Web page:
Editorial: Sustainable travel is doable—even internationally
A personal guide to your next eco-friendly adventure.

A few weeks ago, I had a dream that I owned a private jet. It happened shortly after I watched the film Top Gun: Maverick (2022)clearly my mind remained in the clouds long after I left the theatre. In my dream, I explored Rome, Paris, and zoomed between the peaks of the Canadian Rockies. I toured busy cities, pictured my toes sinking in the sands of worldwide beaches, and lounged in a pink poolside chair like Sharpay from High School Musical 2 (2007). Then I woke up. 

Out of pure curiosity, I Googled what it would take to own and maintain a private jet. Aside from millions of dollars, one major factor stood out to me: operating a jet—and any aircraft for that matter—burns at least 200 gallons of fuel per hour. Airplanes also emit carbon dioxide and nitrogen oxides, contributing to climate change with every trip. Needless to say, my dream of owning a jet wouldn’t make Mother Earth happy.

Planning a sustainable vacation often seems impossible—especially if you are looking to travel internationally. While air travel isn’t going anywhere, many airlines are taking steps in the eco-friendly direction. From using “more sustainable fuels” to being more mindful of yearly emissions, aviation companies—Air Canada being one of them—are slowly taking the necessary steps to care for our planet. 

Many Canadian vacations end up in the mountains. In the summer 2018, I had the chance to venture through Lake Louise in Banff, Alberta. The nature was breathtaking, and the air was crisp. I packed trail mix in my backpack before every hike—a true showcase of my inner “granola girl.” 

Along the paths of Banff National Park, visitors can find stations to fill water bottles, composting bins, and recycling bins. The area is extremely eco-minded, with locals encouraging sustainable transportation through bikes, shuttle services, and gondolas.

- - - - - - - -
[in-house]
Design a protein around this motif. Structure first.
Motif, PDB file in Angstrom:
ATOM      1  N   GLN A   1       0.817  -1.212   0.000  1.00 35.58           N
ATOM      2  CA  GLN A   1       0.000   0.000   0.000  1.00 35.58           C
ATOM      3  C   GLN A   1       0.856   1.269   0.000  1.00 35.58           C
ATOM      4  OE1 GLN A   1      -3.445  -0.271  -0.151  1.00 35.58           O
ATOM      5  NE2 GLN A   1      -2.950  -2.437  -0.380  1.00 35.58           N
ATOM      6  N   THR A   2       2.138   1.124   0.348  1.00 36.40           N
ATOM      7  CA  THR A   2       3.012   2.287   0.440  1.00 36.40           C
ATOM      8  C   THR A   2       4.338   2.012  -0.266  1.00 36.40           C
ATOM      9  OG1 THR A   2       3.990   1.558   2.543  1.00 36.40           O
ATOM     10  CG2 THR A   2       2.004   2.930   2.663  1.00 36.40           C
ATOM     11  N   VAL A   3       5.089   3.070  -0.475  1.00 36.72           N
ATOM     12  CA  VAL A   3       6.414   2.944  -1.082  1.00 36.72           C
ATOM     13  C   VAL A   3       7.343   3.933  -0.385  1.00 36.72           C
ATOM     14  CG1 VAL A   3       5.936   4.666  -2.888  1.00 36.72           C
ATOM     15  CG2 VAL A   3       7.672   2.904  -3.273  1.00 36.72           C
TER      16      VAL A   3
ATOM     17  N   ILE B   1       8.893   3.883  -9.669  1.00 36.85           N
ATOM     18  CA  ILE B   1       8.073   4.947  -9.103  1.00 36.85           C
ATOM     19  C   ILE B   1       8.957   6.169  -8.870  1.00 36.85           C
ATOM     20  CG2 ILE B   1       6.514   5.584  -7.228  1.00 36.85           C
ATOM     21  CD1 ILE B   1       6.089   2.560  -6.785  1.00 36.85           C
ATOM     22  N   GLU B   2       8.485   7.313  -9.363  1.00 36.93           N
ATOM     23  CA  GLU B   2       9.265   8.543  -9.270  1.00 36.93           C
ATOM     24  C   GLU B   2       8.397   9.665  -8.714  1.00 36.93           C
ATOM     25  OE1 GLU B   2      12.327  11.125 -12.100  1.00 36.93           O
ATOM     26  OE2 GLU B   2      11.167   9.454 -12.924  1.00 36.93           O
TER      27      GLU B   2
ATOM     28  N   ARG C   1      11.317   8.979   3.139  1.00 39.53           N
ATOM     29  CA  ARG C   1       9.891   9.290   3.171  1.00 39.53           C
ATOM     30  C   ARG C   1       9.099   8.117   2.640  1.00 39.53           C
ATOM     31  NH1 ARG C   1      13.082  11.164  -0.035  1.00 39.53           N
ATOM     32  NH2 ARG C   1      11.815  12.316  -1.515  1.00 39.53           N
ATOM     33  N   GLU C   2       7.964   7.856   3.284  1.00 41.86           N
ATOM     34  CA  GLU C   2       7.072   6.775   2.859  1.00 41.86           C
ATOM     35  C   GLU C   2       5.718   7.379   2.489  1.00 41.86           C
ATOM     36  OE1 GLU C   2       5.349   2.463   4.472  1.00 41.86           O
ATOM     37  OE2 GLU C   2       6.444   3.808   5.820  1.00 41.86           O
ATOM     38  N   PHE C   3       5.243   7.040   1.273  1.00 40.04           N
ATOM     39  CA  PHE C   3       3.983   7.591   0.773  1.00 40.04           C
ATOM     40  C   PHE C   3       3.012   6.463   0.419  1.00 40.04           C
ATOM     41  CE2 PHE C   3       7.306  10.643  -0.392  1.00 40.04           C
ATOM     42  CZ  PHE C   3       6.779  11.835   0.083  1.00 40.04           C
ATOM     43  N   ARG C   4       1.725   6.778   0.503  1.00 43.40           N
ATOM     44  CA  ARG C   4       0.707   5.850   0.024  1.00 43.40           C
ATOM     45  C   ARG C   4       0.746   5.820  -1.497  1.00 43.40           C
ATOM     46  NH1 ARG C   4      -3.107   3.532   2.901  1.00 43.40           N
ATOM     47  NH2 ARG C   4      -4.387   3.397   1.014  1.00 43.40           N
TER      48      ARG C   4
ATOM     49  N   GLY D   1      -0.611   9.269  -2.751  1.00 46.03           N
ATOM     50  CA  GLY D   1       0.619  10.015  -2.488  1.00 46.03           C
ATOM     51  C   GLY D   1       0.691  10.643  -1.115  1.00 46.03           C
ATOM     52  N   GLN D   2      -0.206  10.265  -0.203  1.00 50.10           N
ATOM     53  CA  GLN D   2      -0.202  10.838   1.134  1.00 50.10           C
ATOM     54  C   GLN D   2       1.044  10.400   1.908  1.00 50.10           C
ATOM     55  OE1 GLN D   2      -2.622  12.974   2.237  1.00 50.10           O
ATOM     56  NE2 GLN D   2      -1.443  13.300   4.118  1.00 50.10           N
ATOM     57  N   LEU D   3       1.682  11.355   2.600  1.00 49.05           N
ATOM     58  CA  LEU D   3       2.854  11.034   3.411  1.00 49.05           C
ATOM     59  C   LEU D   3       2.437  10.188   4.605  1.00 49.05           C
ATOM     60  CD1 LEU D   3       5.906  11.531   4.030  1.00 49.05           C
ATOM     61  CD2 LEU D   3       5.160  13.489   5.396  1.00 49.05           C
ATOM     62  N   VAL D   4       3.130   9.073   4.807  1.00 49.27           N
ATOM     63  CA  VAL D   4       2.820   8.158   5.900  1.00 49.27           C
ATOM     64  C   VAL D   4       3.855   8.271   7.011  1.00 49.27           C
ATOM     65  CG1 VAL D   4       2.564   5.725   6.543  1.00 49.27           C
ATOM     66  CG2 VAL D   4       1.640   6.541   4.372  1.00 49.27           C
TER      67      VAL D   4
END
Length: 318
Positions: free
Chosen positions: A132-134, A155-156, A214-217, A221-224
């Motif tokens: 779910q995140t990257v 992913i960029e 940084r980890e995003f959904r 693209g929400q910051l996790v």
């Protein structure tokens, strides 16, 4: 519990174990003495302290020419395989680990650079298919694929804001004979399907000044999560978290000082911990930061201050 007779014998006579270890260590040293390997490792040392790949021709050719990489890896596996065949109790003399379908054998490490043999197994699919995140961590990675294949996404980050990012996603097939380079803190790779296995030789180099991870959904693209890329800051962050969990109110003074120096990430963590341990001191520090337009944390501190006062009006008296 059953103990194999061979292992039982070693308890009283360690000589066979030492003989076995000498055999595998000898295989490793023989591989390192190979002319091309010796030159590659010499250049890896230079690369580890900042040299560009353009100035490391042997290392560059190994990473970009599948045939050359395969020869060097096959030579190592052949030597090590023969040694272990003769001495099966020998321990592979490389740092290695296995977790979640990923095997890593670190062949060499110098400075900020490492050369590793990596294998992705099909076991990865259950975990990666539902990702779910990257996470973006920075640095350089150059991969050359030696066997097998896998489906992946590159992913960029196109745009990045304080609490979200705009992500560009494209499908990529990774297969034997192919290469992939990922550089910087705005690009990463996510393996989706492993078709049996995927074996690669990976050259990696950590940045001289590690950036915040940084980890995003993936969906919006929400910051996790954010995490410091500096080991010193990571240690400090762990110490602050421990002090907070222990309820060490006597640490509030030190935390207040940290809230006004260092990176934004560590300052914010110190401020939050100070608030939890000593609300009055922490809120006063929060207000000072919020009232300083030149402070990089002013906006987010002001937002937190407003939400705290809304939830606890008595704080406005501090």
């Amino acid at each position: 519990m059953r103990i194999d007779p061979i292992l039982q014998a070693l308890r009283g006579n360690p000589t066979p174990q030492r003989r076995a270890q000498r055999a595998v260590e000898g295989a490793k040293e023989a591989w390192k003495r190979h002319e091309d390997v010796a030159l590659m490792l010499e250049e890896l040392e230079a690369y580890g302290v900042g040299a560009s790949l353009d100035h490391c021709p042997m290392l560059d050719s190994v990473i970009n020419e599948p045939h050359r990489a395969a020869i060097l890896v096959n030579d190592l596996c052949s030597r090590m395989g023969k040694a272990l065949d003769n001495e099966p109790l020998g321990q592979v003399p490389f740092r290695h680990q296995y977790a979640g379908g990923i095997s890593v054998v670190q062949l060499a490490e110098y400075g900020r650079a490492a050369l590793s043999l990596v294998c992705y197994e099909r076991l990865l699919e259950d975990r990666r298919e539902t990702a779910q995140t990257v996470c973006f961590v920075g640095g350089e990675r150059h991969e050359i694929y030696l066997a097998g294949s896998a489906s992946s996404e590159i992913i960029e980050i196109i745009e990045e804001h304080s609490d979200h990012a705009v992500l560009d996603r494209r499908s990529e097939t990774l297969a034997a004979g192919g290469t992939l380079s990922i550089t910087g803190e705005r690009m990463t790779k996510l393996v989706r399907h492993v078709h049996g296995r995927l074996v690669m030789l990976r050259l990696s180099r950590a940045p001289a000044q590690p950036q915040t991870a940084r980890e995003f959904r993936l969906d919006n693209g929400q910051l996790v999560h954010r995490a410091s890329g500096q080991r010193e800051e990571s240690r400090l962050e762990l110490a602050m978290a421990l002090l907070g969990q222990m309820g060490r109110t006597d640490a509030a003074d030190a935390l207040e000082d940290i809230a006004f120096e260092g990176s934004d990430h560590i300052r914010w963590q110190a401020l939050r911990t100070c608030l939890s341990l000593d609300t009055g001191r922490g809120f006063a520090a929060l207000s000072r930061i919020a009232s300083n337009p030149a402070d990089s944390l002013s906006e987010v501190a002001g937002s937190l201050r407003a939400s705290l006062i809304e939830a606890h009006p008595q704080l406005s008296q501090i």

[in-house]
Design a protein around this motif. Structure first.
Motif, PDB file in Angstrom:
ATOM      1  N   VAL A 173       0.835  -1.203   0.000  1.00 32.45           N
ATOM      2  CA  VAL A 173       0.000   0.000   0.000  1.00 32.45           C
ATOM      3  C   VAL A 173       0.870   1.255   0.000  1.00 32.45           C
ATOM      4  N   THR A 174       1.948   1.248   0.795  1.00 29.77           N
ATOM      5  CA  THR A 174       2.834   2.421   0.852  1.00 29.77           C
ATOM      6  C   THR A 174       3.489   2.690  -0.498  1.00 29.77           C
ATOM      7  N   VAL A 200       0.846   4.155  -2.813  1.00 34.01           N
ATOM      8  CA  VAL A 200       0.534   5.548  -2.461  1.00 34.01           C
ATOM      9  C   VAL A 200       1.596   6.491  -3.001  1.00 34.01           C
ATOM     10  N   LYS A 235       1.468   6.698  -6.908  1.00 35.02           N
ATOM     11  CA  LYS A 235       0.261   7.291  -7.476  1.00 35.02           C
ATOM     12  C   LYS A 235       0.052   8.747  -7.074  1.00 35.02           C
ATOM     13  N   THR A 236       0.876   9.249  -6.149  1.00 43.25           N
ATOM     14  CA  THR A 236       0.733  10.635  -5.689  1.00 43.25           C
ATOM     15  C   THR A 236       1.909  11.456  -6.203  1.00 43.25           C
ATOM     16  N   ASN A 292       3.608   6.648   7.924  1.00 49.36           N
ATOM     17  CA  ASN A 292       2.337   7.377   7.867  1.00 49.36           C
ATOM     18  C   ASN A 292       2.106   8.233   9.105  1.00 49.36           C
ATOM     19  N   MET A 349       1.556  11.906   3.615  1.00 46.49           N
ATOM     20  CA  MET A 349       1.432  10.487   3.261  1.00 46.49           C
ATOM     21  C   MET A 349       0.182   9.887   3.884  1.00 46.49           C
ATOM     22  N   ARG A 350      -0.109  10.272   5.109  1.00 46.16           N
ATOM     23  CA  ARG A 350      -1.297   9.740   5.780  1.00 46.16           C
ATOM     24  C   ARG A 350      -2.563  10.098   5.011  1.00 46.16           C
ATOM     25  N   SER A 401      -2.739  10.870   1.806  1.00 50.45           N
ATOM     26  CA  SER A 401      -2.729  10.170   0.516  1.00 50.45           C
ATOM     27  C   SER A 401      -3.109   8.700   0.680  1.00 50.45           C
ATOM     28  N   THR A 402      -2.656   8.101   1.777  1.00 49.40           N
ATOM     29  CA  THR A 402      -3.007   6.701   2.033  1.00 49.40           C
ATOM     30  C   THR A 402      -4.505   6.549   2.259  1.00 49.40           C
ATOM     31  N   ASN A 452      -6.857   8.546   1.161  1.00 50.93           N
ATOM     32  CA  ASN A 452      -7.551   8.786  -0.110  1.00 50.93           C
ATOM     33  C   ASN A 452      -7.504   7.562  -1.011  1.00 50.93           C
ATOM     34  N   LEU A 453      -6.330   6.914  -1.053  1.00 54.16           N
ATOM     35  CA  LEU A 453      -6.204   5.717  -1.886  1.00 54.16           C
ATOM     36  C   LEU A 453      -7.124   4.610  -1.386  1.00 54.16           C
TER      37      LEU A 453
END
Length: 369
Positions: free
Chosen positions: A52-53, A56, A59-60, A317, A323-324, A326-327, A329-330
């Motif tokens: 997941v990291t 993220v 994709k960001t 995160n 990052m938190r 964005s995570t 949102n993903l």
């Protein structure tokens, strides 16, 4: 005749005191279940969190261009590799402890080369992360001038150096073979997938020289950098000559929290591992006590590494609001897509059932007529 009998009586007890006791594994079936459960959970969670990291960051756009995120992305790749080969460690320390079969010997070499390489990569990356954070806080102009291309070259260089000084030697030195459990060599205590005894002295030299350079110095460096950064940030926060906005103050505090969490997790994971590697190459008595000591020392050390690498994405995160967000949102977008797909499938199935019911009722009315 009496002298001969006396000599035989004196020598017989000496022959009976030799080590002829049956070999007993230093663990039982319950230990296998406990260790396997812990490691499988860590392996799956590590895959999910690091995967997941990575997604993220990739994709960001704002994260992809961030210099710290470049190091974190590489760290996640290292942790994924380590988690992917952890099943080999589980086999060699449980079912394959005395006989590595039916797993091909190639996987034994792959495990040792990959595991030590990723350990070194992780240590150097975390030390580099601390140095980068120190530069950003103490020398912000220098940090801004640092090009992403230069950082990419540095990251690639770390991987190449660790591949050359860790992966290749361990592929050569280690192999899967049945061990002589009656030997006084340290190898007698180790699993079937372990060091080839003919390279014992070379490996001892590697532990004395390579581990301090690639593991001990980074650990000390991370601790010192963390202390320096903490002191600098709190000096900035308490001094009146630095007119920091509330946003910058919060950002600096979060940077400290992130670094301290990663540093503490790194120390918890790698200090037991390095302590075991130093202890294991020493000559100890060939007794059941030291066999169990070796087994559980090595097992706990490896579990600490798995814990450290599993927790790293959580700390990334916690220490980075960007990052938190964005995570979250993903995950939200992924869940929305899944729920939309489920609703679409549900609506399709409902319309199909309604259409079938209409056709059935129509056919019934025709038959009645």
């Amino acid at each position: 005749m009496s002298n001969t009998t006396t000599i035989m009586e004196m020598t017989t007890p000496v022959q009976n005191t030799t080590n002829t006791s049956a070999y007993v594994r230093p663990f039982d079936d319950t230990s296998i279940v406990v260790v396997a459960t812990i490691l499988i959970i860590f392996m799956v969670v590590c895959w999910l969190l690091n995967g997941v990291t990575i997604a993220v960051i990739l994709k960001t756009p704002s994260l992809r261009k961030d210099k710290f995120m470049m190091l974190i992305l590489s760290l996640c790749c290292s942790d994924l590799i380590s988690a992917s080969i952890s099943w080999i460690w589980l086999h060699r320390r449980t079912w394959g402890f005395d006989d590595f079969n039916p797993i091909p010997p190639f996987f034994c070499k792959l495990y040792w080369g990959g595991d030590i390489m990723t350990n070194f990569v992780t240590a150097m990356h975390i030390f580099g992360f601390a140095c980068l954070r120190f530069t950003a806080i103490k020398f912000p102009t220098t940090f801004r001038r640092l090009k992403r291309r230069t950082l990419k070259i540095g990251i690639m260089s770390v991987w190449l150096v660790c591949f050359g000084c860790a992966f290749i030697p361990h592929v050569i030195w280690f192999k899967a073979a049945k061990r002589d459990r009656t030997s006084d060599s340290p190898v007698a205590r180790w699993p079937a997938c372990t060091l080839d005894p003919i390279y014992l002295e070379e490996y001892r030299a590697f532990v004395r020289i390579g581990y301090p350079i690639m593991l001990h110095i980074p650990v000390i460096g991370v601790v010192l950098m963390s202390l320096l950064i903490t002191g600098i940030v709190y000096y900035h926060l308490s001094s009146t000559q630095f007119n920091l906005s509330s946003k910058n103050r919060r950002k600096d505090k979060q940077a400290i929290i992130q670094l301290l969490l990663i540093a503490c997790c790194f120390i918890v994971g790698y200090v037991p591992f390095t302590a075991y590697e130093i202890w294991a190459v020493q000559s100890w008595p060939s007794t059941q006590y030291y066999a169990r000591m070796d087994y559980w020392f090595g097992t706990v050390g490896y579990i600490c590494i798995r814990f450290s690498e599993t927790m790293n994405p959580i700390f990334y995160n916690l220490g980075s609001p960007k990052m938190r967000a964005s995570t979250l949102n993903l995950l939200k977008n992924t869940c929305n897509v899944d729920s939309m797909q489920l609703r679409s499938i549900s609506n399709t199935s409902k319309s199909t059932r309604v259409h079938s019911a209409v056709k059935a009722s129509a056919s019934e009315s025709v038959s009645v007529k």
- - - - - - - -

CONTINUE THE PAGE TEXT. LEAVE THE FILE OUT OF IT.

Of course, visiting Canada does not have to mean mountains and hiking. From coast to coast, our country offers vast landscapes—each including unique wildlife and eco-friendly attractions. Our climate is rich with evergreen trees, the Pacific breeze, and snow up to your knees. 

When planning your next vacation, consider the term “sustainable tourism.” Choose a location with accessible bike trails, fresh food markets, and gorgeous natural scenery. Remember, the key to travelling sustainably is to give back to the climate that we already take so much from.

Arts & Entertainment Editor (Volume 49) | arts@themedium.ca — Julia graduated in 2022 with a major in English, and a Professional Writing and Communications and Drama double minor. She previously worked with The Medium as Theatre Erindale Correspondent for Volume 48. As the A&E Editor this year, Julia cannot wait to explore the wondrous world of arts and spark creative conversations amongst student writers. If she’s not writing, working, or spending too much money on overpriced iced coffees, you can find Julia singing tunes with her guitar, bingeing Netflix shows, or going on nature walks with her doggo Benji. You can connect with Julia on LinkedIn or Instagram.


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